Harry Potter and the Philosopher’s Stone immediately pulls readers in, not because of the Dursley’s and their boring existence, nor the funny little people running about London, but because the title of chapter one is startling. Who is “The Boy Who Lived”? Why was he supposed to die? Who tried to kill him? And how did he survive? Before we’ve read a single word of Rowling’s novel, we’re struck with four questions that not only drive Harry Potter and the Philosopher’s Stone but also the entire seven-book series.
The answer to “Why did Harry survive?” is the point of Rowling’s novels. Getting readers to ask that question is her hook. When you evaluate your own story, try to identify the most important truth you need to communicate—then work backward. How can you trigger a question that will lead readers toward that conclusion?
Charles Dickens hooks readers in a similar fashion in his timeless novel, A Christmas Carol. The title of chapter one (“Marley’s Ghost”) combined with the opening line (“Marley was dead, to begin with.”) begs the question, Who is Marley? What happens now that he’s dead? And with his ghost’s appearance around the corner, who is this story about?
Dickens marvelously shows readers exactly where they’re going, because A Christmas Carol revolves around saving Ebenezer Scrooge’s soul. By prompting these questions about the deceased and who he visits post mortem, we’re captured from page one.
Hook, Line, and Sinker
The best way to learn is to study and imitate the masters. Avi hits all three key traits of a hook in The True Confessions of Charlotte Doyle. The novel opens with Charlotte Doyle speaking candidly to her audience.
“Not every thirteen-year-old girl is accused of murder, brought to trial, and found guilty. But I was just such a girl, and my story is worth relating even if it did happen years ago.” She’s a determined and strong woman, and right away we understand this from her voice, character, and word choices as she recounts the incident of 1832. Her tone is serious, even ominous, and conveys the trial by fire that’s coming. How could any thirteen-year-old girl be charged with murder? What were the circumstances? And how did Charlotte manage to weather such a storm? Even the word “true” in the title suggests that we’re about to receive an unknown testimony.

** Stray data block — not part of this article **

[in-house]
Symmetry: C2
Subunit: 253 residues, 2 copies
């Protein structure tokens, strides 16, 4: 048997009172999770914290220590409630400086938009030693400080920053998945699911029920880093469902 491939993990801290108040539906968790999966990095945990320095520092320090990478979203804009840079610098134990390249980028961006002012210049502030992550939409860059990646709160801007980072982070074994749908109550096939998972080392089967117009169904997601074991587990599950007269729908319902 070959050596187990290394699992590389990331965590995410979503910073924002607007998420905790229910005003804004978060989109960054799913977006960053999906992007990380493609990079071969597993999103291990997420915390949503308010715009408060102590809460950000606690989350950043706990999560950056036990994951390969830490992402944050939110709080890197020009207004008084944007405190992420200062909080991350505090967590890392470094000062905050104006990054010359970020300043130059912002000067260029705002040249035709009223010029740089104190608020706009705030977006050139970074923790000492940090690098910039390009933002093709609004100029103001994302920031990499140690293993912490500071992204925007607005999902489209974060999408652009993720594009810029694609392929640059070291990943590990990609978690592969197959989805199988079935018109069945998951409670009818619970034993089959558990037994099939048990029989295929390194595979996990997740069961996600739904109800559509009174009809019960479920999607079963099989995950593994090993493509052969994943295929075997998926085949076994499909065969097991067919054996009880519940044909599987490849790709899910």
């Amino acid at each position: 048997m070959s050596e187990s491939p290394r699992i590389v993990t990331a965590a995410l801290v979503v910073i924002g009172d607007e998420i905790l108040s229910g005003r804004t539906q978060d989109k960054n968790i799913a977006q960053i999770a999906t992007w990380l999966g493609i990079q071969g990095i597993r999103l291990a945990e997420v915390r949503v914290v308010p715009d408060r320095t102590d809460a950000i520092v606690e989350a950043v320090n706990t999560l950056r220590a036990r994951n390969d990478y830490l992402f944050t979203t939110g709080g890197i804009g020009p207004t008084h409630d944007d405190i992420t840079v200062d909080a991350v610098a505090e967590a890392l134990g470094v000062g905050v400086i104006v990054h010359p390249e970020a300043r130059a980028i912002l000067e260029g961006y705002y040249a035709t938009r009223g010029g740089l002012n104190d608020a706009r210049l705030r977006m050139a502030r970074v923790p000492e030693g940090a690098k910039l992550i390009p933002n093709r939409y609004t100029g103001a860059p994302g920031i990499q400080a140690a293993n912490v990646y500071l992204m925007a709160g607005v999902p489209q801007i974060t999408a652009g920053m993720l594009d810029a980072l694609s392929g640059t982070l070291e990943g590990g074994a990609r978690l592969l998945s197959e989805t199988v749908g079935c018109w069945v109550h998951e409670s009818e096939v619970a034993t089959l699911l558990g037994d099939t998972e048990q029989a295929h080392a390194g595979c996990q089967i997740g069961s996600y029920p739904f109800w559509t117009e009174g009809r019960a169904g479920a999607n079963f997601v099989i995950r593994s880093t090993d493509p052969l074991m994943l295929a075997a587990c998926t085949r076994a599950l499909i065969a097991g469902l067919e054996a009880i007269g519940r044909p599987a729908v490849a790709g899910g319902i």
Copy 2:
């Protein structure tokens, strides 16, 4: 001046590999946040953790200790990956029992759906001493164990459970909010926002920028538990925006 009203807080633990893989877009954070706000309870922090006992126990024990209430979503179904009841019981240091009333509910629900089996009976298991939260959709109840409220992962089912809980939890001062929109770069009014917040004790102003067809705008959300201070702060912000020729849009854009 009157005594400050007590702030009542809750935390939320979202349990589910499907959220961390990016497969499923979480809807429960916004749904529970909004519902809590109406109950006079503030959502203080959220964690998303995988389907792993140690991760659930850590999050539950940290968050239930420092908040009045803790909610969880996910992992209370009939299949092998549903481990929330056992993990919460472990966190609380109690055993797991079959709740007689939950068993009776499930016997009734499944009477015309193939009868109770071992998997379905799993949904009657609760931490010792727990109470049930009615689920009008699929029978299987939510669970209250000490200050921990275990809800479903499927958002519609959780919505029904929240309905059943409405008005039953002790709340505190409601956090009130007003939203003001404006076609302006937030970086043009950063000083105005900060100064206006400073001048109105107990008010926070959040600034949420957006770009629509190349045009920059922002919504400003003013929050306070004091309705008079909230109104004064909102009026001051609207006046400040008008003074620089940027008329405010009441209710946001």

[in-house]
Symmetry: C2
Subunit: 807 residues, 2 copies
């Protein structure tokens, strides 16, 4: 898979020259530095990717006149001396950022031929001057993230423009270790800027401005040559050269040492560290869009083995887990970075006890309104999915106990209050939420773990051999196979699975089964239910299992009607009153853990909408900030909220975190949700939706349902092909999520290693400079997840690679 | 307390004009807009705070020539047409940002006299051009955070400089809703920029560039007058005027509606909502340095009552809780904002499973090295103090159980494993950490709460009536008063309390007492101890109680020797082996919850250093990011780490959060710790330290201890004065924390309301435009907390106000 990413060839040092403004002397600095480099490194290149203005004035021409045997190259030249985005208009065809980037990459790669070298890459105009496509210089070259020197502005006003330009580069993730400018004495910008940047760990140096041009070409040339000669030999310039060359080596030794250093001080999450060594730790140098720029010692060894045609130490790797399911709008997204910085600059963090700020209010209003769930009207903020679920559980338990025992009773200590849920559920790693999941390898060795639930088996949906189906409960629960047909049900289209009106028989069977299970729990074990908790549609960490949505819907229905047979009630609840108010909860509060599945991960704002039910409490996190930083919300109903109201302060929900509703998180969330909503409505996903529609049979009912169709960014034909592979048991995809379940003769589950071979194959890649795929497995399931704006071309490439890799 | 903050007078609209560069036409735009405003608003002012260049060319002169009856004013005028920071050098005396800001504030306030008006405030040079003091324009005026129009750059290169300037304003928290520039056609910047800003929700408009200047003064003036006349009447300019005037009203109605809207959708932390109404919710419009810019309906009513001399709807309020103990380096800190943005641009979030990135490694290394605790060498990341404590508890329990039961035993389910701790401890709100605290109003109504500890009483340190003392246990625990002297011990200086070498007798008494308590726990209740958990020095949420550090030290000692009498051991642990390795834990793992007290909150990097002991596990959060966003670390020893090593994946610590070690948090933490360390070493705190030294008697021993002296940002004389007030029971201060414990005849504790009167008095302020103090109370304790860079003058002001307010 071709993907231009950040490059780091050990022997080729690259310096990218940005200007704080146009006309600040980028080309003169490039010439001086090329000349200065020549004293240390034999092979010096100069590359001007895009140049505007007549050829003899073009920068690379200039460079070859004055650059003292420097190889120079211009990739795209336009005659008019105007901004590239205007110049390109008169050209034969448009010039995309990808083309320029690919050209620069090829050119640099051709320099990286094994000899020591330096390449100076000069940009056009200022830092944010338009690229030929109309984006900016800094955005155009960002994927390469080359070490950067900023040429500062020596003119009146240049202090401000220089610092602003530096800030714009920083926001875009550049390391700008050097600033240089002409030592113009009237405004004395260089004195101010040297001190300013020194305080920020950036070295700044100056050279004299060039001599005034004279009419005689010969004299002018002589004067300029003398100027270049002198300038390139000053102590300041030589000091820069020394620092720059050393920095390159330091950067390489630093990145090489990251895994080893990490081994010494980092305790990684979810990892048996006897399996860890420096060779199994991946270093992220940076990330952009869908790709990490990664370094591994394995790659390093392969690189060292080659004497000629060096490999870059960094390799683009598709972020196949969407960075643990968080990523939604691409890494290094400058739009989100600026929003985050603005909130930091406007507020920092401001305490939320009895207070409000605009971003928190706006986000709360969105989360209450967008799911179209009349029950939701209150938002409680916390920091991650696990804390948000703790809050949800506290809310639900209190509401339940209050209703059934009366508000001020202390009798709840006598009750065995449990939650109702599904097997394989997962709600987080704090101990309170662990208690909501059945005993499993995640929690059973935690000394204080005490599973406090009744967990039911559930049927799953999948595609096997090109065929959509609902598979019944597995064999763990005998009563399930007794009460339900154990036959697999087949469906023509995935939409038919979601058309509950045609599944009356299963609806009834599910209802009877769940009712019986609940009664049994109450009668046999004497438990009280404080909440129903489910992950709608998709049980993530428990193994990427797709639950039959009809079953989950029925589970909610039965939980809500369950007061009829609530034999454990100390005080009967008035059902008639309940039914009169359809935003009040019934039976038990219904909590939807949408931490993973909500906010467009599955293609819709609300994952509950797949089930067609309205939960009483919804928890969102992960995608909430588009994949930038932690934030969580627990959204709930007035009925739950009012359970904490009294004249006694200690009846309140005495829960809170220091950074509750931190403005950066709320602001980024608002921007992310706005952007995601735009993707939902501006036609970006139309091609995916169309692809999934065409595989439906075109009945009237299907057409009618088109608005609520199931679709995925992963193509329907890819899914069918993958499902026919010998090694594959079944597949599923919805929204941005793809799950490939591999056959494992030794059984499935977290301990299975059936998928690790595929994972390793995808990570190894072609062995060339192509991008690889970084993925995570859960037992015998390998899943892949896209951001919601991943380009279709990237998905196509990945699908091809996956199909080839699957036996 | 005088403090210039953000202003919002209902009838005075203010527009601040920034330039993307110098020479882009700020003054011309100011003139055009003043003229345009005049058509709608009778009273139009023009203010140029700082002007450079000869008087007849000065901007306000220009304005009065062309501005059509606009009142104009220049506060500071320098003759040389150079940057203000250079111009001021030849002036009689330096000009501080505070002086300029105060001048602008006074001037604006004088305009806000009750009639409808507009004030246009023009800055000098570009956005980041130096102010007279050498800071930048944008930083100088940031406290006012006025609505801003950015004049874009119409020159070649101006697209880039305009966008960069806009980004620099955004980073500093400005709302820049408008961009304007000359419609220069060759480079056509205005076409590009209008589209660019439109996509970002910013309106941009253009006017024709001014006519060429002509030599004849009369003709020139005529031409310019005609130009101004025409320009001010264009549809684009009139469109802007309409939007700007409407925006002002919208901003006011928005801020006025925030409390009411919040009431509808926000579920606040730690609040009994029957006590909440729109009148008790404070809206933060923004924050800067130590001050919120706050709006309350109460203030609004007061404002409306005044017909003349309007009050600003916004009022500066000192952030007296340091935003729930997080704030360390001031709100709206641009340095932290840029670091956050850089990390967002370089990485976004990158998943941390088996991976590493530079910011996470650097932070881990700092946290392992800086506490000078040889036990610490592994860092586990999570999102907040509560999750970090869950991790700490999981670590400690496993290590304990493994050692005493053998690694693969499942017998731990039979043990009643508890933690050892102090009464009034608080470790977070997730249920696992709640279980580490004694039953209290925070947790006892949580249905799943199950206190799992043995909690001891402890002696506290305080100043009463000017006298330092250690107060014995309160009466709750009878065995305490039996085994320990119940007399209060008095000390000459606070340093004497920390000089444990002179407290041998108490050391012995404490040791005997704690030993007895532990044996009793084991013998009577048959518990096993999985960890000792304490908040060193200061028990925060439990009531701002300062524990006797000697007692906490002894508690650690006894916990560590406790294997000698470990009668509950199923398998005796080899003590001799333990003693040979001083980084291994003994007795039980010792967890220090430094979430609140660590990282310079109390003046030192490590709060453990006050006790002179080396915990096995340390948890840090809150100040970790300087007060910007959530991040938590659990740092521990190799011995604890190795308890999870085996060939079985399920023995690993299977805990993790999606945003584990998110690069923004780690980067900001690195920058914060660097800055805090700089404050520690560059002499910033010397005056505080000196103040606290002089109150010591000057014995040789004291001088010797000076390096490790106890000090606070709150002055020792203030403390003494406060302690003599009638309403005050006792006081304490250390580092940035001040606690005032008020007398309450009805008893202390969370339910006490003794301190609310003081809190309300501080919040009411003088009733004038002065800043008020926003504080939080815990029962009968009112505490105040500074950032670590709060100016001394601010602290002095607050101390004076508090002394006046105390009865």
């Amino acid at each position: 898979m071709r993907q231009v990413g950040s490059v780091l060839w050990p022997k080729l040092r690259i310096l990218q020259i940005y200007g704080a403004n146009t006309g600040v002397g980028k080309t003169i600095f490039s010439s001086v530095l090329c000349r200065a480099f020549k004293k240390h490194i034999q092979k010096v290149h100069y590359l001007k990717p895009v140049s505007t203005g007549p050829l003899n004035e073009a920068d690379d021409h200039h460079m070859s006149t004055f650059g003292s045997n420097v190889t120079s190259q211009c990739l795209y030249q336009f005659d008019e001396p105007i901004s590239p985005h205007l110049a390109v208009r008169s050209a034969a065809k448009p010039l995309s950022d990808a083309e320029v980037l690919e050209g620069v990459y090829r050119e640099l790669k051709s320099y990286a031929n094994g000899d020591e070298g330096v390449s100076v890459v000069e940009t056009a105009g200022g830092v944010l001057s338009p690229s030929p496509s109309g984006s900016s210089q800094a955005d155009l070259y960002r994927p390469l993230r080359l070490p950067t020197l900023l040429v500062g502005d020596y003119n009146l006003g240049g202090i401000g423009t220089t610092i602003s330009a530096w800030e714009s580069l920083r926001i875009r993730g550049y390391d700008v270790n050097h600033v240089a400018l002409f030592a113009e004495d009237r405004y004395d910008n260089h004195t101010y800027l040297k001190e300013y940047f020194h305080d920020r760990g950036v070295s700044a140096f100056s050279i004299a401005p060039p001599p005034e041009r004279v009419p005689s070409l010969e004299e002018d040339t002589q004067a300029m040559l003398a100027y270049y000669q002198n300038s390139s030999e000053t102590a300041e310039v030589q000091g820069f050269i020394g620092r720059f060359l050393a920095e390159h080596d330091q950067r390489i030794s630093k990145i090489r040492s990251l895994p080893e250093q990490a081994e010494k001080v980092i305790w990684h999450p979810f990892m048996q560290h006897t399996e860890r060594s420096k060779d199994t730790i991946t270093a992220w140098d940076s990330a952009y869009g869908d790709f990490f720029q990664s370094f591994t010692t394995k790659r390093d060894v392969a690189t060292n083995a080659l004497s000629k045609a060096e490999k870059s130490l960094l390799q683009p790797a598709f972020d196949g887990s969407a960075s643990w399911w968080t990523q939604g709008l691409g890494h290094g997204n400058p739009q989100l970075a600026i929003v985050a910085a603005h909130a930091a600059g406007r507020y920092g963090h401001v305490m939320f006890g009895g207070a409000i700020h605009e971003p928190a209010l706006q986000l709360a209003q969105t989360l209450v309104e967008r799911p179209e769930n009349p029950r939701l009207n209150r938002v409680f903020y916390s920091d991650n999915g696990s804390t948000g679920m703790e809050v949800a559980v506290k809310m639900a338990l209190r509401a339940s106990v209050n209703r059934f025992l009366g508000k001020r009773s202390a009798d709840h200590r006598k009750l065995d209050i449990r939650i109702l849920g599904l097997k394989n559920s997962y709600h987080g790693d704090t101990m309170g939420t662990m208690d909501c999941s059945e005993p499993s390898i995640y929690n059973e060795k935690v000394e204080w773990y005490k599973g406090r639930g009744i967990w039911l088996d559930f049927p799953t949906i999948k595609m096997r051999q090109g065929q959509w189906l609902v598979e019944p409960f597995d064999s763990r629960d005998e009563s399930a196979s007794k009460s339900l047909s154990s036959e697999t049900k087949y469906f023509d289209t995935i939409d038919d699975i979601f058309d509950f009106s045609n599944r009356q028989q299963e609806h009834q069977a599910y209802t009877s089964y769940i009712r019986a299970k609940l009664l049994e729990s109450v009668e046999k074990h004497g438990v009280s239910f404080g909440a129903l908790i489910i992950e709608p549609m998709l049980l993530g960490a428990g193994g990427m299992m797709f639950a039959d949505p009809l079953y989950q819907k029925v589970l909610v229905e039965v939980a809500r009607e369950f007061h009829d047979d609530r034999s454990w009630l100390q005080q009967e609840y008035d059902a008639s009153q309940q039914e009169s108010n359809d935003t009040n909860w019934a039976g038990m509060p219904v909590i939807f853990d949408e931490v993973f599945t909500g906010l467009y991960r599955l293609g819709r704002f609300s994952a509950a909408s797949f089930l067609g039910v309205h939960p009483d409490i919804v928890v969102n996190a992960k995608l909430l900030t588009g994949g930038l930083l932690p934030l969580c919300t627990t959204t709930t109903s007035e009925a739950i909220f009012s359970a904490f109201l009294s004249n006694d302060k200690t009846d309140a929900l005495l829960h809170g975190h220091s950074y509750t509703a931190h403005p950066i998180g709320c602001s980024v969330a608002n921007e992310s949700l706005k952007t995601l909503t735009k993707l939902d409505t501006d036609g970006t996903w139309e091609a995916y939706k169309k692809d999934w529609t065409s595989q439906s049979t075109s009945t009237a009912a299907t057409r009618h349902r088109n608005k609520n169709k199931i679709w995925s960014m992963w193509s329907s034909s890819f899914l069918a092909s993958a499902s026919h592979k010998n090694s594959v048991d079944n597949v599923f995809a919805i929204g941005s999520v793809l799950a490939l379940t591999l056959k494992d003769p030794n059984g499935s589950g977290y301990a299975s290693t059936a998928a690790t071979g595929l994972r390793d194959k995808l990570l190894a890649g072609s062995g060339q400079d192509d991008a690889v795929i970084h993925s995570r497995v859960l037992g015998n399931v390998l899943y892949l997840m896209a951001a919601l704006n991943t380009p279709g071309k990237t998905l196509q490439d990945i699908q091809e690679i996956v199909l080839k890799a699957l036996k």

Whether you capitalize on a title, a single sentence, or an entire scene, when you make readers care, nothing will hold them back. Character, tone, and curiosity work in tandem to form a moment that will launch your protagonist’s journey. Crafting a hook that hits all these criteria may seem impossible, but don’t despair. No matter how much time you take, once you find the perfect beginning, your story will be unstoppable.
Rose Sheffler is a Kentucky native who began her writing career in the seventh grade by hijacking a simple assignment and turning it into an elaborate creative piece. Her teacher reprimanded her for not following the instructions and said, “You should be a writer.” She studied English Literature in college, with a focus on creative writing, and returned to teach seventh grade English at the same private school. Her favorite genres are fantasy, historical fiction, and fairy tales.
This summer she completed a manuscript of new fairy tales and hopes to have them traditionally published. Until then, she homeschools her three kids, feeds her philosopher husband, grades papers, engages daily with her church community, talks to herself, updates her blog, reads too many children’s books, considers the brevity of life in the face of eternity, and takes bookish photographs for Instagram.